Through our work on InfraCompass we’re providing countries with indicators of how they perform in their regulatory framework and potentially their need for specific and targeted policy reforms to improve.
We’ve been working hard to disseminate best practices, specifically on de-risking projects as well as supporting the standardisation of contract management. We will soon release a report on best practices for inclusive infrastructure, which will clearly address the social licence challenge every project should focus on.
How will it use its future Toronto regional office to expand this work?
At this stage, our intentions for the Toronto office are to focus on activities that will expand the work we have done on our InfraCompass and Infrastructure Outlook tools. This includes expanding the coverage to a broader set of countries and sectors, as well as developing indicators to assist with quality infrastructure.
The Toronto office will use data to derive insights that are valuable for decision makers at critical points and support them to ultimately make better decisions. It will be the centre of the GI Hub’s North American operations and will support the delivery of our strategic priorities through creating and strengthening partnerships with key stakeholders, especially the multilateral development banks and international organisations, and enabling deeper engagement with the private sector to broaden the GI Hub’s global reach. The Canadian office will also house the new Global Centre for Infrastructure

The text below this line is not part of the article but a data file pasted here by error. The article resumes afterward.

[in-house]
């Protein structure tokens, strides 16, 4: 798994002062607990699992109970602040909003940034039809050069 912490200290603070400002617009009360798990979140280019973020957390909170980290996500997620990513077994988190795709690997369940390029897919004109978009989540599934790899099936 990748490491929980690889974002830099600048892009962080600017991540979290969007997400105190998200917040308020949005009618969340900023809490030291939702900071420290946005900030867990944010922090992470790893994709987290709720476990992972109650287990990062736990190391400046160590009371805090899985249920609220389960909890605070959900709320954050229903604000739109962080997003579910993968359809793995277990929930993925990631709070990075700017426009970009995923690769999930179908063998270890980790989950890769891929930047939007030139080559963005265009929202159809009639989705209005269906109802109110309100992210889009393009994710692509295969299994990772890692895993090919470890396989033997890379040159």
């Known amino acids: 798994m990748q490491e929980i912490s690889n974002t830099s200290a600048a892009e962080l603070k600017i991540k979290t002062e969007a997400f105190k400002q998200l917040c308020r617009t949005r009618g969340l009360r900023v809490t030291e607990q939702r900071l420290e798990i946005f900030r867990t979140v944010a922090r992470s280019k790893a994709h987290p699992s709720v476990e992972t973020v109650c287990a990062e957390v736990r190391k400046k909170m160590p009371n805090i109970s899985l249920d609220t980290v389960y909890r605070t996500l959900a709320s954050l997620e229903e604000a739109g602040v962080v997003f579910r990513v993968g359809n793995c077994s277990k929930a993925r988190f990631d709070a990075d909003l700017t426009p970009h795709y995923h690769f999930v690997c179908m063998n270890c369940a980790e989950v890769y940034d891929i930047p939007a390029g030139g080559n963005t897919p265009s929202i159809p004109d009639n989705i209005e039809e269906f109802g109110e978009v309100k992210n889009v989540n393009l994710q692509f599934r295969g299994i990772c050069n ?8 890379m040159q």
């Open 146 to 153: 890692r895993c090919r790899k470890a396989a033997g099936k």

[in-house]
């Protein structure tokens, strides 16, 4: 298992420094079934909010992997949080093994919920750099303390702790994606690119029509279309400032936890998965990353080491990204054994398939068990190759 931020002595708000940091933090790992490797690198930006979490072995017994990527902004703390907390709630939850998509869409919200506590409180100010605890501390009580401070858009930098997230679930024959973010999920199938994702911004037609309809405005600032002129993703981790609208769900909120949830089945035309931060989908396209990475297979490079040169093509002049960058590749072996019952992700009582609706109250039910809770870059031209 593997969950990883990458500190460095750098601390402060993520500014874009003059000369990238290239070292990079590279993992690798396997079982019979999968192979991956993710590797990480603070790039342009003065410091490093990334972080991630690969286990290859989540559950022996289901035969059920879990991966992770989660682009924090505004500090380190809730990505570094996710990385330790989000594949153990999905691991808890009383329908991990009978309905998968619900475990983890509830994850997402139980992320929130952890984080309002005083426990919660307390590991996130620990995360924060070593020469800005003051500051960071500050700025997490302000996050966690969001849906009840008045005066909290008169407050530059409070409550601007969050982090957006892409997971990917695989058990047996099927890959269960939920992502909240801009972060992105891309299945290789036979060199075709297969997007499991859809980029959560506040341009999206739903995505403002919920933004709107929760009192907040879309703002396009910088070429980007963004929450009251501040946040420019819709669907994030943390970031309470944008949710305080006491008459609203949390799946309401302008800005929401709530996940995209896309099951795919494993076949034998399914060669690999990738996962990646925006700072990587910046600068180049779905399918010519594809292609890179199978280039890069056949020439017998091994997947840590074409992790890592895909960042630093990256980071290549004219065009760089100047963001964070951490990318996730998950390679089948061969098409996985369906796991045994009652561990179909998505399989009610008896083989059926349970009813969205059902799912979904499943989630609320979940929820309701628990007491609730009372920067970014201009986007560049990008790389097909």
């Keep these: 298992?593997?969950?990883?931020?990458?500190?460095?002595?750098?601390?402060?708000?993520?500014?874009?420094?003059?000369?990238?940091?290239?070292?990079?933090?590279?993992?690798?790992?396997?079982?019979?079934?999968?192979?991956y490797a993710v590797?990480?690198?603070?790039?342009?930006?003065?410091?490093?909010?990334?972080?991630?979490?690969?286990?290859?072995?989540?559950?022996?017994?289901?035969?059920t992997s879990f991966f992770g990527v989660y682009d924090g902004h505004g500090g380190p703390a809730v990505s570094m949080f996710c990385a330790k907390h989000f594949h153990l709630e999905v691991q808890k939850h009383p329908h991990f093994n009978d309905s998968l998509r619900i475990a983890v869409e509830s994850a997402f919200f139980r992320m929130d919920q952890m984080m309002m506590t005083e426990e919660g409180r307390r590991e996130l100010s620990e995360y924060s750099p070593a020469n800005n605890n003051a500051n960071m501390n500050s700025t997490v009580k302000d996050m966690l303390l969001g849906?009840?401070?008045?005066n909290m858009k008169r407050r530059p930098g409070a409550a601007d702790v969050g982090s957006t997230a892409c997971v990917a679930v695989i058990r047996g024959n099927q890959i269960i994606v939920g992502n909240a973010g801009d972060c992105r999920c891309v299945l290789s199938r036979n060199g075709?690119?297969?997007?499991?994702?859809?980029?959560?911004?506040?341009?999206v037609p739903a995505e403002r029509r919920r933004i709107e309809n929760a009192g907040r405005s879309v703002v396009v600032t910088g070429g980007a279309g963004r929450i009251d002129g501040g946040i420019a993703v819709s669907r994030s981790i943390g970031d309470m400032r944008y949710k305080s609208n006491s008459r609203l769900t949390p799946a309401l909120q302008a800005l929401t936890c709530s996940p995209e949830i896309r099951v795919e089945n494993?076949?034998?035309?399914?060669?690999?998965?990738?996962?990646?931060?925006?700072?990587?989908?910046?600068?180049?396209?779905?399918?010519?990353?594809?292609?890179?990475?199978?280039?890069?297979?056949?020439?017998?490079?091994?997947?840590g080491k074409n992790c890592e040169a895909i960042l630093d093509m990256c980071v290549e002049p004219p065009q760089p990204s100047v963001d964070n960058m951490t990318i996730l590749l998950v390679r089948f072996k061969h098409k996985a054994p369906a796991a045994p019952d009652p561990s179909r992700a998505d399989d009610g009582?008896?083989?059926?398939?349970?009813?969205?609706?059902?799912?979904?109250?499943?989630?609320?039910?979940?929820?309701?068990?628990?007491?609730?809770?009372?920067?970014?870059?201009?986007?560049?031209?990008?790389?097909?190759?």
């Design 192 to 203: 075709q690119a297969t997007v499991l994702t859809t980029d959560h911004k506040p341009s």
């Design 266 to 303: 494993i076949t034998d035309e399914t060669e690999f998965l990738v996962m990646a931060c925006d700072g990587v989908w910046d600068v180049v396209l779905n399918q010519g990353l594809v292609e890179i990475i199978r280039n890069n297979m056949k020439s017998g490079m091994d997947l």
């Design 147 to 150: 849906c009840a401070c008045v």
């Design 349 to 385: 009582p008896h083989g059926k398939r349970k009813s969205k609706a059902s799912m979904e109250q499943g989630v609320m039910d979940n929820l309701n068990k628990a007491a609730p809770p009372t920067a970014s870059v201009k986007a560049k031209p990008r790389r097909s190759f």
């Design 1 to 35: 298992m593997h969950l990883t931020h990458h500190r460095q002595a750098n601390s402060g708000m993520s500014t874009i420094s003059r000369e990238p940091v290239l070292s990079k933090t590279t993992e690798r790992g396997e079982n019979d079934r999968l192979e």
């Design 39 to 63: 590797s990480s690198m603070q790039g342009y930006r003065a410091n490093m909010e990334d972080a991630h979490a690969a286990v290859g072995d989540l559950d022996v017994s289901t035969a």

Excellence to support joint initiatives and partnerships with the private sector to further build capacity into developing economies’ infrastructure.
How has it been working with other international institutions on this cause?
Through our current work with the G20 we have worked with various international institutions and G20 members to list resources and facilities that can support quality infrastructure. This work built on the stocktake done by the Organisation for Economic Co-operation and Development and the World Bank of resources relating to infrastructure as an asset class delivered for Argentina’s G20 presidency in 2018. It expanded it and updated the international resources, and added more national resources to support the quality of infrastructure alongside the principle of economic efficiency.
How can the G20 leaders at their Osaka Summit help?
There is lots more to be done on project preparation. In a 2018 study, it was estimated that for Africa and Asia, approximately $4.2 billion of funding is available for project preparation and only $277 million has been distributed. We are partnering with the SOURCE initiative from the Sustainable Infrastructure Foundation as one of the key multilateral platforms to help advance project preparation. But much work needs to be done with all the various facilities to ensure the money is properly dispersed in a timely manner.
That’s certainly a task that the G20 has been working on collectively since 2011, but it is also something that needs to be sustained. The GI Hub will contribute to this effort, including by making use of our ever-growing infrastructure knowledge network.